I recorded the above video somewhat on a whim – but it goes through some of the gear I use on my fastpacking trips. The way I pack is covered here, and what I bring to eat is covered here. I have gone through my entire kit for a few projects I’ve done, like my Sangres trip, if you’re looking for an exhaustive list.
Below, I’ll go through some of the newer gear that I’ve started using in the past year that I have really enjoyed and think it’s worth taking a closer look at for your own fastpacking adventures:
As a UD Athlete, I’ve had the privilege to be using the Ultimate Direction Fastpack 40 in the field longer than most anyone. A little lighter than previous models, tons of pockets and zippers, and thoughtful fabric selections have proven it a winner for me. This is the largest pack that Ultimate Direction currently produces (the Fastpack 45 I’ve used in the past is no more). This is most likely as large as you would want to go with a running vest-style pack that forgoes a hip belt.
This is the pack I had with me on Project Vanishing Point, as well for a plethora of multiday adventures I’ve had this year.
See my full overview of the La Sportiva Ultra Raptor II GTX. The Mutant is still my all time favorite trail runner, but I appreciate the evolution of the Ultra Raptor into a mid-height cuffed light hiker – that comes in both regular and WIDE widths! This was the shoe I was going to use on my next long ridge traverse fastpack, as I was looking for ankle protection from the constantly moving talus and these would have been perfect, if I had gone through with the trip. The mid height didn’t seem to take away from how runnable the shoe still was, and was the perfect weapon on those messy wintry days.
It’s always been a struggle to both have an adventure, while documenting the adventure. The purist in me says that it’s impossible to do both at once; the realist in me kinda agrees. But the next best thing is the GoPro Max. The footage it captures is unreal, and the size is quite small when compared to my actual camera. I bring a few extra batteries and I have the juice to capture a multi-day trip.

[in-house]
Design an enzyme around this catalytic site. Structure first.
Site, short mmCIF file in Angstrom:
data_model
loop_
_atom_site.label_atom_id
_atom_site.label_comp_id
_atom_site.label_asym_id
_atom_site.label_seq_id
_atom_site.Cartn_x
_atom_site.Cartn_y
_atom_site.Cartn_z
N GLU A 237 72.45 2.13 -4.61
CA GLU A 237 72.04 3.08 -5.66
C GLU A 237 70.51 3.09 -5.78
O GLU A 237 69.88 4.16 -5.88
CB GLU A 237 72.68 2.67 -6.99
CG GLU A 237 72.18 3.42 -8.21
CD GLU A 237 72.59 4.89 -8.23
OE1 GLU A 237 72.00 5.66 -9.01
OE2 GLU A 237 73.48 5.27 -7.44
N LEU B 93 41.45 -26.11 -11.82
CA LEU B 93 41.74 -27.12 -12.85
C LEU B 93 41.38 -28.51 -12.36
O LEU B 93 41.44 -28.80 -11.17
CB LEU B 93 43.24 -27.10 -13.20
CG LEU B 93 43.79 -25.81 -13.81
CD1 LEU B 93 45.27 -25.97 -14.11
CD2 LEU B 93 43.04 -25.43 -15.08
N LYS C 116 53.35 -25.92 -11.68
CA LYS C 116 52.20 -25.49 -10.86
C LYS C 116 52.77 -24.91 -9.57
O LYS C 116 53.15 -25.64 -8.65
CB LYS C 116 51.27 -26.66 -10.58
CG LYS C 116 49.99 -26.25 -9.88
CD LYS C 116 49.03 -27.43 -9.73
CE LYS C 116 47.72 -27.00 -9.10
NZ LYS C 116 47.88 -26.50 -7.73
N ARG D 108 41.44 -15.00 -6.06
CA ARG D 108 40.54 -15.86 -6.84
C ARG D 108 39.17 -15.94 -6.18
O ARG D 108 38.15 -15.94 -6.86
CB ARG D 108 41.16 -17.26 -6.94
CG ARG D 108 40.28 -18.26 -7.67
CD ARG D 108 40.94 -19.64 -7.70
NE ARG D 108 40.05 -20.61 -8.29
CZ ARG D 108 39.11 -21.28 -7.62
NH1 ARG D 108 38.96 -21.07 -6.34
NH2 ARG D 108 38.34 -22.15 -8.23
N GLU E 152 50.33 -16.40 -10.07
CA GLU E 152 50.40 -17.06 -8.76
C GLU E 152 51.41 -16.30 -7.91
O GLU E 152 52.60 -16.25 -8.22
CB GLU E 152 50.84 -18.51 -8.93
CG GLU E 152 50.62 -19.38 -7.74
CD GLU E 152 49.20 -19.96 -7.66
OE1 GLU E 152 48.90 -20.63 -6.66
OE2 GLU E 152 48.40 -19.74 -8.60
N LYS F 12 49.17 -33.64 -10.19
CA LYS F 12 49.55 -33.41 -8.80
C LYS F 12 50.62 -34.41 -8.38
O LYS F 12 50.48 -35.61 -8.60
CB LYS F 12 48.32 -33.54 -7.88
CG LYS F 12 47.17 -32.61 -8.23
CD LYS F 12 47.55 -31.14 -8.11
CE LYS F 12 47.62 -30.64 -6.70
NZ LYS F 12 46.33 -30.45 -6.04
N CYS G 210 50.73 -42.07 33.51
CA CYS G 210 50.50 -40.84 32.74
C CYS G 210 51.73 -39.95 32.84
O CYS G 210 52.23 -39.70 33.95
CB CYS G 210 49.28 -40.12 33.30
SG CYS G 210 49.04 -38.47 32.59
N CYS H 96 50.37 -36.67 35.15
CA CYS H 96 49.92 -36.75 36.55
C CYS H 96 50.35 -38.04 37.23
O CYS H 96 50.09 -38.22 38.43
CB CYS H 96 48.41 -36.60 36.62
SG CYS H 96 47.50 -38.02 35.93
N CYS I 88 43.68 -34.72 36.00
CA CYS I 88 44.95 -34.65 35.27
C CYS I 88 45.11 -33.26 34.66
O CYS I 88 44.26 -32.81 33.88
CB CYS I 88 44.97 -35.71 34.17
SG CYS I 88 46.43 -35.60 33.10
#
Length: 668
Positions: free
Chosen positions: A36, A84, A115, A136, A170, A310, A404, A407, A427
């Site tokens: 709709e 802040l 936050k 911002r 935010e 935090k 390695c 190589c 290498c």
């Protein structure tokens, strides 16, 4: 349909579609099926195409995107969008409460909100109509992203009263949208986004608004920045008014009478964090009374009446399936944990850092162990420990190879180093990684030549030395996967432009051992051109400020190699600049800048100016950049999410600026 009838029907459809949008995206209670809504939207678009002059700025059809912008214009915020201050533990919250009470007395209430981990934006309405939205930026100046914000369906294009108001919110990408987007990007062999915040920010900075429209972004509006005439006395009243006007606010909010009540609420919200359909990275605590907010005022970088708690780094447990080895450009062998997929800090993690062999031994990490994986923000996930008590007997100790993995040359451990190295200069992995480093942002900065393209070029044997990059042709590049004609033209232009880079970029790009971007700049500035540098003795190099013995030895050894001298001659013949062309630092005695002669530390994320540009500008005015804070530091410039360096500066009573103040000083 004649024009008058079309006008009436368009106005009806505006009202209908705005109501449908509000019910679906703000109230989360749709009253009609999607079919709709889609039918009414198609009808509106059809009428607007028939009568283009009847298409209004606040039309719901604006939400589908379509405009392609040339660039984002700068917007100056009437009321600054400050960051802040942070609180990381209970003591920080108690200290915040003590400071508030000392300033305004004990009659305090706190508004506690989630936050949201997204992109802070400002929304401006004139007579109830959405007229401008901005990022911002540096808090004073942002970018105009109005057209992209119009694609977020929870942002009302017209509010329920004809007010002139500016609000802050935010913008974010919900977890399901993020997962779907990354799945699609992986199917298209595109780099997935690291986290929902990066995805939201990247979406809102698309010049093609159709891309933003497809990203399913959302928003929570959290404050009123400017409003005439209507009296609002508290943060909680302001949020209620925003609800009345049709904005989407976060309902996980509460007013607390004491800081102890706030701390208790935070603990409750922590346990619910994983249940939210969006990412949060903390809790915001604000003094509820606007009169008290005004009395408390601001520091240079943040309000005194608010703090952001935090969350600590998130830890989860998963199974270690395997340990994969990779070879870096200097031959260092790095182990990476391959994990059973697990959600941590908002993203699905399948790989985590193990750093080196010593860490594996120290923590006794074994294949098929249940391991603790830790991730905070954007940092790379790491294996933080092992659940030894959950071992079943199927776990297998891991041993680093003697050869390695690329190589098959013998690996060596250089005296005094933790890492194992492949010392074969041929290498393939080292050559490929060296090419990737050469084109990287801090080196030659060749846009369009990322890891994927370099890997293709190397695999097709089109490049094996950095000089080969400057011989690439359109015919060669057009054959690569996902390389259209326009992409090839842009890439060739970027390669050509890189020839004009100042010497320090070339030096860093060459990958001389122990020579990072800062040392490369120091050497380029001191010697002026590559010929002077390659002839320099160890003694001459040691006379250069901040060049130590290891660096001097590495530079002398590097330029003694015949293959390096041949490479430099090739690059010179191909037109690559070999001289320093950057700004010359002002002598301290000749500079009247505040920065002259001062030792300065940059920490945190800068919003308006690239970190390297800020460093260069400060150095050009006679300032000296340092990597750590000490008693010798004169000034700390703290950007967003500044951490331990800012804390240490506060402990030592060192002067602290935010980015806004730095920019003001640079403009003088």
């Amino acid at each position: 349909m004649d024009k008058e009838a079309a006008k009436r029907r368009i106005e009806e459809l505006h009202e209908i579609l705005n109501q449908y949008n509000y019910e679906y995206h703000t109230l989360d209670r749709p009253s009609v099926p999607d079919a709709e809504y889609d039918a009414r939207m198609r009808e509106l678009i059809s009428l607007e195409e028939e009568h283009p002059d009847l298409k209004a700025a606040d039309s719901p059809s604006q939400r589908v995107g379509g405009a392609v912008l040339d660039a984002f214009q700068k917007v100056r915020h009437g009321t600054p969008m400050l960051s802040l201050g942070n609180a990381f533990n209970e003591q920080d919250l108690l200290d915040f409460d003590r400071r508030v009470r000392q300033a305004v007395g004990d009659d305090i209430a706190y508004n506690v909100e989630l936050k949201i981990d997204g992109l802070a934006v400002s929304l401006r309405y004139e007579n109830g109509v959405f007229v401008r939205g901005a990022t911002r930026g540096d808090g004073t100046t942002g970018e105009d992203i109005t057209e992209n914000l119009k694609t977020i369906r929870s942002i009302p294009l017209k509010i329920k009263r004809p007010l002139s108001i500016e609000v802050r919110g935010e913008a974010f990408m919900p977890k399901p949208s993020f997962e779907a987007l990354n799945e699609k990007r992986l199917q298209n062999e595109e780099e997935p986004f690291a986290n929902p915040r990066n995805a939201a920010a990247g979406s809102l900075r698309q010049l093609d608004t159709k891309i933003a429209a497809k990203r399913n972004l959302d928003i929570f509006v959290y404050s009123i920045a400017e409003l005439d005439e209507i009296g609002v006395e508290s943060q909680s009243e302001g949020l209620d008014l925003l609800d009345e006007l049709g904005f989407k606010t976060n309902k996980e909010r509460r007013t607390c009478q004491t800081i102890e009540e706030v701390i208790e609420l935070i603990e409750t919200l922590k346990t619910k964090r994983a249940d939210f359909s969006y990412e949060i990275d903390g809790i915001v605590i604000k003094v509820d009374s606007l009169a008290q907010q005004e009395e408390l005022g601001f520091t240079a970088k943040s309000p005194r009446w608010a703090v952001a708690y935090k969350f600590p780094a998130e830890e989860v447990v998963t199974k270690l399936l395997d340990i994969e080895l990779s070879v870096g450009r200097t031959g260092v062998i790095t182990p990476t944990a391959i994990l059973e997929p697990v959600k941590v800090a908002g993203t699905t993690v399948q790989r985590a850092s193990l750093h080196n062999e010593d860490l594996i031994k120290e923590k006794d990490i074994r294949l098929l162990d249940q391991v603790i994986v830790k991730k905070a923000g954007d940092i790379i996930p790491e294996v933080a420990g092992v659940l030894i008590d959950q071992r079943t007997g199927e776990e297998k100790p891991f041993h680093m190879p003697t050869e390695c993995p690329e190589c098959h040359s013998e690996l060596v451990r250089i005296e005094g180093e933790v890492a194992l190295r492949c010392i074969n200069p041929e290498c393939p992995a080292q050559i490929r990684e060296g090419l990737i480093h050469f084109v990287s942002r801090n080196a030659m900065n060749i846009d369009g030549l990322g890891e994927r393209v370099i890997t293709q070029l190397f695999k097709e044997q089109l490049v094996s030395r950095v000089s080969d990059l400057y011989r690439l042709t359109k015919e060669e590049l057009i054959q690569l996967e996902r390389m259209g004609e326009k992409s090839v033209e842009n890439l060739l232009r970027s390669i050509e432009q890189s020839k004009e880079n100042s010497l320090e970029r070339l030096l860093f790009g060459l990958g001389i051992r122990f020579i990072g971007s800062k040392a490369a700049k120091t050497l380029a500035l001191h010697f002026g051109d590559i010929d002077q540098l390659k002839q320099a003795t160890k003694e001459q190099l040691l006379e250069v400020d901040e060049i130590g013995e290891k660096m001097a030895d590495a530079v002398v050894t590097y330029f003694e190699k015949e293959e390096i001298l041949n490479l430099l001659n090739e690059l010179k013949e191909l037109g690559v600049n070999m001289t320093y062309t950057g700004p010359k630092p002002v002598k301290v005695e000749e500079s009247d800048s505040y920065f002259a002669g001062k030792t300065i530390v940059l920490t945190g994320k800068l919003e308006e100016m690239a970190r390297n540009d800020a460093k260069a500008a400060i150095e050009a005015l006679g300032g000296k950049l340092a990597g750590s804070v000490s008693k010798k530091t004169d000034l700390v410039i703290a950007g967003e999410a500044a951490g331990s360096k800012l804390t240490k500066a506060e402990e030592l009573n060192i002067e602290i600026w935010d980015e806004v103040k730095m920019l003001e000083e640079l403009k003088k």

Once captured, it is quite the process of editing the footage, as you have to take the 360 video and render it into regular video. There is a learning curve to do this as well. But I enjoy the process, and I’ve found the best thing to do is take the footage and save it all for a rainy day – or at least a time when I’m not as active taking on my adventures, and come back to it with enough time to dedicate to the editing process.
I do use a few accessories – actually a whole case of them, but the most important ones are:
- GoPro Max Grip
- GoPro Max Dual Charger
- Additional Batteries (I use three – one in the camera, and two in the Dual Charger)
- A fast microSD, like this SanDisk Extreme Pro (best for working in cold conditions)
Many of the photos in this post were taken with my Max. The best (laziest) way to take photos is to just take videos, choose a single frame, reframe it, and export to a jpg. The actual image quality isn’t the best, but the actual scene you’ve captured will have a great chance of really standing out.
The GoPro Max paired with the Max Grip really works well with both the UD Fastpack 40 and the UD Utility Belt, which means I can tuck it into the gear I’m already wearing and not worry about dropping it down a 1,000′ cliff.
The Max isn’t perfect. It’s pricey, and it’s really easy to damage the lenses. Still, I can’t think of anything better to use. When they make a v2, I’ll be the first in line.
I hate gear that breaks. Water flasks are often expensive and delicate, sprouting unfixable pinhole leaks even with light use. The Sea to Summit Watercell X is literally the first and only water flask I’ve ever used that’s survived a full season of use.